Hiccup In Space-Time Continuum Brings Chaos To Internet
John Neumann for redOrbit.com – Your Universe Online
Did you find some of your favorite websites acting wonky this weekend? If so, you may want to blame the omniscient keepers of all knowledge for that. No, not the galaxy-sized blue-skinned creatures that keep the universe in balance, but the big brains at the International Earth Rotation and Reference Systems Service (IERS), who monitor the gaps between atomic and planetary time and work to keep everything synced.
As such, these brilliant minds are responsible for issuing edicts to add these leap seconds.
According to Daniel Gambis, head of the IERS, the Earth is far from consistent in its rotations and its movements around the sun. “We want to have both times close together and it’s not possible to adjust the earth’s rotation,” Reuters reports.
This miracle addition of time actually occurs with some regularity. In fact, the IERS issues bulletins for these leap seconds, complete with directions on how to add the time.
According to their site, “Leap seconds can be introduced in UTC (Coordinated Universal Time) at the end of the months of December or June, depending on the evolution of UT1-TAI. Bulletin C is mailed every six months, either to announce a time step in UTC, or to confirm that there will be no time step at the next possible date.”
Leap seconds have been added every few years since the 1970s, though they have become infrequent lately, despite the Earth’s irregular motions due to recent earthquakes and tsunamis.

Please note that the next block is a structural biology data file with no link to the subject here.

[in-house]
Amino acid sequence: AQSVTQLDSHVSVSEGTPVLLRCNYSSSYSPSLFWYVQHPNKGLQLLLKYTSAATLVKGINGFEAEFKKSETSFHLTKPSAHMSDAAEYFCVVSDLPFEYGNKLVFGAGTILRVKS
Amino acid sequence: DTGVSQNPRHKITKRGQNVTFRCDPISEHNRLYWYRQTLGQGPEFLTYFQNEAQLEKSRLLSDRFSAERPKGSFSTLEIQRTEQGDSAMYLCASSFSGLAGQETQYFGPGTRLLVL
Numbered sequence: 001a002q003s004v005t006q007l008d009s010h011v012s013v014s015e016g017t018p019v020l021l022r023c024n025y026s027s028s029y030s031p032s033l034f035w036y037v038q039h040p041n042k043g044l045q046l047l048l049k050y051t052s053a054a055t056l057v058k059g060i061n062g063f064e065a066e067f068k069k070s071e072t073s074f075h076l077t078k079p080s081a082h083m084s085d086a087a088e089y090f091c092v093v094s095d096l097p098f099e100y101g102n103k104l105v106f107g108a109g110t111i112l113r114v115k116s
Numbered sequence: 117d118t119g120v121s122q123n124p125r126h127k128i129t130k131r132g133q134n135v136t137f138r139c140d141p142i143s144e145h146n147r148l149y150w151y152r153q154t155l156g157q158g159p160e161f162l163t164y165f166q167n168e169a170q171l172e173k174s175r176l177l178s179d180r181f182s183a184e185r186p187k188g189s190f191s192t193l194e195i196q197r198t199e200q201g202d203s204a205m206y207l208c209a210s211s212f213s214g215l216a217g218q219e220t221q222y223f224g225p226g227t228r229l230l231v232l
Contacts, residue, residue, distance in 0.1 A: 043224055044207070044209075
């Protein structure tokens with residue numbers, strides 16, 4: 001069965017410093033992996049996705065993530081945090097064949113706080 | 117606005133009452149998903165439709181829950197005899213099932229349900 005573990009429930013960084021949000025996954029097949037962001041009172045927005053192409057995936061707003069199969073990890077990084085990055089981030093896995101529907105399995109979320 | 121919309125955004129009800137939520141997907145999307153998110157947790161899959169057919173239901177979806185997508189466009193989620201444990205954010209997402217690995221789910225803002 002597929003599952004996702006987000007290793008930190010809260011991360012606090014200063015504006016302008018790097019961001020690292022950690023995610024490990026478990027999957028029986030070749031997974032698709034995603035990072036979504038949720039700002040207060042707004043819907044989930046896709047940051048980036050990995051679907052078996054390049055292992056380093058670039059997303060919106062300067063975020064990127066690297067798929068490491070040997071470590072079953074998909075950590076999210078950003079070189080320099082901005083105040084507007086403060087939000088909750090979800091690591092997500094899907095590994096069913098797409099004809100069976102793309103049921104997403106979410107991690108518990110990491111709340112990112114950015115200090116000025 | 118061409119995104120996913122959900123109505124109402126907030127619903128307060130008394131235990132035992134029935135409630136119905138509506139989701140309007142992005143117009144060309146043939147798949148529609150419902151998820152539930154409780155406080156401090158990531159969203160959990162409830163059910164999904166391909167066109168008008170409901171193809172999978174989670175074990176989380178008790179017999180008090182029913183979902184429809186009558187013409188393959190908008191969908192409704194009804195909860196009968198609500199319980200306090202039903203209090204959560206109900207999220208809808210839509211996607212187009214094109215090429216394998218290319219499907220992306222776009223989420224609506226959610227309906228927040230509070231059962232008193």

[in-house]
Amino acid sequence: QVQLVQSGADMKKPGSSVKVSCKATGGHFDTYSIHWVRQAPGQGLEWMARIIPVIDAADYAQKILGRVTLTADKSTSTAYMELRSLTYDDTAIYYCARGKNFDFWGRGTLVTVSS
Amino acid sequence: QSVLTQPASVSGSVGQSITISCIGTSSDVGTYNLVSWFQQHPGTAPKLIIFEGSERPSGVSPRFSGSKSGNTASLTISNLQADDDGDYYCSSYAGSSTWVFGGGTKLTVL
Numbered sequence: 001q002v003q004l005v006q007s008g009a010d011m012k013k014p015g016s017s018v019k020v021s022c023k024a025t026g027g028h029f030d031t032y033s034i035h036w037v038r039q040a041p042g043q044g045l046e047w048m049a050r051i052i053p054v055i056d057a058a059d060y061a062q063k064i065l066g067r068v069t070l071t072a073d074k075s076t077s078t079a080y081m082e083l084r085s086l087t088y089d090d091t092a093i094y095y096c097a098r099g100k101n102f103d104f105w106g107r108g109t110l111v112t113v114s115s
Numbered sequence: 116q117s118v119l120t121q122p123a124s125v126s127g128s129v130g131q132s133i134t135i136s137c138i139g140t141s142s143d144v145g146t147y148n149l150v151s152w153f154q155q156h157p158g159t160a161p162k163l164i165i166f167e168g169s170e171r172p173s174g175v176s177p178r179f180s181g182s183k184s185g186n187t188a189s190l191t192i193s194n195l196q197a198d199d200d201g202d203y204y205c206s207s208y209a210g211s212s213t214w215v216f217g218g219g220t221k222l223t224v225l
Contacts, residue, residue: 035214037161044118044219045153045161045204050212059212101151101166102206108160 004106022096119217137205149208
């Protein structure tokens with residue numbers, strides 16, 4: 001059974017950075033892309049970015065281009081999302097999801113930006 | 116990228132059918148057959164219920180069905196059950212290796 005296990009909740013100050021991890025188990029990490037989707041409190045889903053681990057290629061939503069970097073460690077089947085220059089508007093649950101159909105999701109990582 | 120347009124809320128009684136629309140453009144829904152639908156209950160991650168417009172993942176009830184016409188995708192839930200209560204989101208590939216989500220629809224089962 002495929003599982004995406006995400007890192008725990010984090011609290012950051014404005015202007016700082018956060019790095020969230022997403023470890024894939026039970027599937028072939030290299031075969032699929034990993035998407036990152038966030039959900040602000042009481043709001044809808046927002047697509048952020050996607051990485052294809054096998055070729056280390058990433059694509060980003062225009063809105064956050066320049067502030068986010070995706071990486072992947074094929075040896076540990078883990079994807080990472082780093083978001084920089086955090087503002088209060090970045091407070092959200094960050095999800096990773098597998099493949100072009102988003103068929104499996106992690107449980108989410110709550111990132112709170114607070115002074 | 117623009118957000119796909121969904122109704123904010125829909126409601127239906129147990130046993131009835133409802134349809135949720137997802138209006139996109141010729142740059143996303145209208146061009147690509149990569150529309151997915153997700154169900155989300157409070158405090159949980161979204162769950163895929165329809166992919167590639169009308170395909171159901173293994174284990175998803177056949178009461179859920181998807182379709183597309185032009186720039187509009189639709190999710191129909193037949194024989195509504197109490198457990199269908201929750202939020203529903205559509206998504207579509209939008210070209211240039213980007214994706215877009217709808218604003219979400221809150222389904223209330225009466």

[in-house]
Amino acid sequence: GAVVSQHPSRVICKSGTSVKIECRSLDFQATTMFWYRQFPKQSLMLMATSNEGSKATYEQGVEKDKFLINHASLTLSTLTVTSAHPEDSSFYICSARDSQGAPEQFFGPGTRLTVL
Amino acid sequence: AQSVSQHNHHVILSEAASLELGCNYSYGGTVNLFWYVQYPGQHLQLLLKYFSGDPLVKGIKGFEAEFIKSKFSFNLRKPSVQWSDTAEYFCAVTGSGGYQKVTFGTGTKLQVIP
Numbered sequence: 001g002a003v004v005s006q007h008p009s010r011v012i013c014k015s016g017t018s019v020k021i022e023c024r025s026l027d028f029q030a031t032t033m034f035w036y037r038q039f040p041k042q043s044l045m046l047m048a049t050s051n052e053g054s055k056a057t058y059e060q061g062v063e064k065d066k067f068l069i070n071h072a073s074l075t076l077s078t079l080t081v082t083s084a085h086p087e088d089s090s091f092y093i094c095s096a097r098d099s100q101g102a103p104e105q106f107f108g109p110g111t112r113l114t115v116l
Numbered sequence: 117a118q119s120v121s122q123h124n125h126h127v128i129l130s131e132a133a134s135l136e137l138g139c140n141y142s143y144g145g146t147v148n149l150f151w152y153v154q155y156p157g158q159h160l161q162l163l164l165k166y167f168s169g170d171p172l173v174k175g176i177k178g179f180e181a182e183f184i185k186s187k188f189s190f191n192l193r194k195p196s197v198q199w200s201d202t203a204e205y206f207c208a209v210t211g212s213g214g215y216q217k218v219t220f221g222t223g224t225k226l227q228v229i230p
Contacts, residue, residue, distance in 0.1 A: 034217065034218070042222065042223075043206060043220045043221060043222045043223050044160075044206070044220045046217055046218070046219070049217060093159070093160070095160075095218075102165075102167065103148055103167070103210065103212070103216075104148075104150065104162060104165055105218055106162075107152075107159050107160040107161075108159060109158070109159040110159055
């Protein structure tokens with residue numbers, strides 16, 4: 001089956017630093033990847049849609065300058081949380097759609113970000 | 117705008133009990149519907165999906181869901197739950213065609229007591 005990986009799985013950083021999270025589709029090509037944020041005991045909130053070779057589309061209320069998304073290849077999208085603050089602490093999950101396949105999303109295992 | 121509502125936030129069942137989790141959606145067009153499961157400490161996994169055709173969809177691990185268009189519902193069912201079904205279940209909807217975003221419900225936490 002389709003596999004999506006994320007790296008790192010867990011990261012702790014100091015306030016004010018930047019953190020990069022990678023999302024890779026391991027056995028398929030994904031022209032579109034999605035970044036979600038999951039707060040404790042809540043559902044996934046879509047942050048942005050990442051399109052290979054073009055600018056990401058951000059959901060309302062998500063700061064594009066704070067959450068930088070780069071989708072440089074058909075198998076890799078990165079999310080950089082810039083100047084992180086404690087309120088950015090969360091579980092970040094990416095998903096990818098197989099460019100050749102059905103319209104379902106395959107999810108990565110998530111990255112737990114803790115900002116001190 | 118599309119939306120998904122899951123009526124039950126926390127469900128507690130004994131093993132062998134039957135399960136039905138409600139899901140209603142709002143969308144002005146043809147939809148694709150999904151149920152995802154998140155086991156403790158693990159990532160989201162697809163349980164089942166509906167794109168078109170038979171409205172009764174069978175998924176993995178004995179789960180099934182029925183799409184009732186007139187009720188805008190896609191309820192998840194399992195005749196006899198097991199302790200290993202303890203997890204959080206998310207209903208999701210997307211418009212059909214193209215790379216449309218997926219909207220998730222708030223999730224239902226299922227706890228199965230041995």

So what happened around the internet that kept Twitter, atwitter?
Gawker Media, Reddit and LinkedIn fell silent for a while. StumbleUpon, Yelp, FourSquare, LinkedIn, and Meetup were also among the sites affected for some time, writes Summer Anne Burton for BuzzFeed.
More than an oddity, these leap seconds can be crucial to devices and technologies which depend on the most accurate time. Banking computers, international air traffic systems and even the world wide web run on UTC.
The International Telecommunications Union (ITU) — the UN agency which regulates international standards — even heard arguments earlier this year to abandon the use of these leap seconds. In the end, they delayed the decision. Those who oppose the leap seconds say changing the world’s clocks and computers is a costly and time consuming practice.
While the decision to abandon the leap second isn’t incredibly urgent, it will continue to be a point of contention against those who depend on the most accurate time.
As of Monday morning, most of the affected sites had found fixes and were back up and running. Next time this happens it could have worse consequences, Facebook and Twitter might be affected and then we may have to, heaven forbid, talk to another person face to face.
Let us pray that the IERS gets its act together before that comes to pass.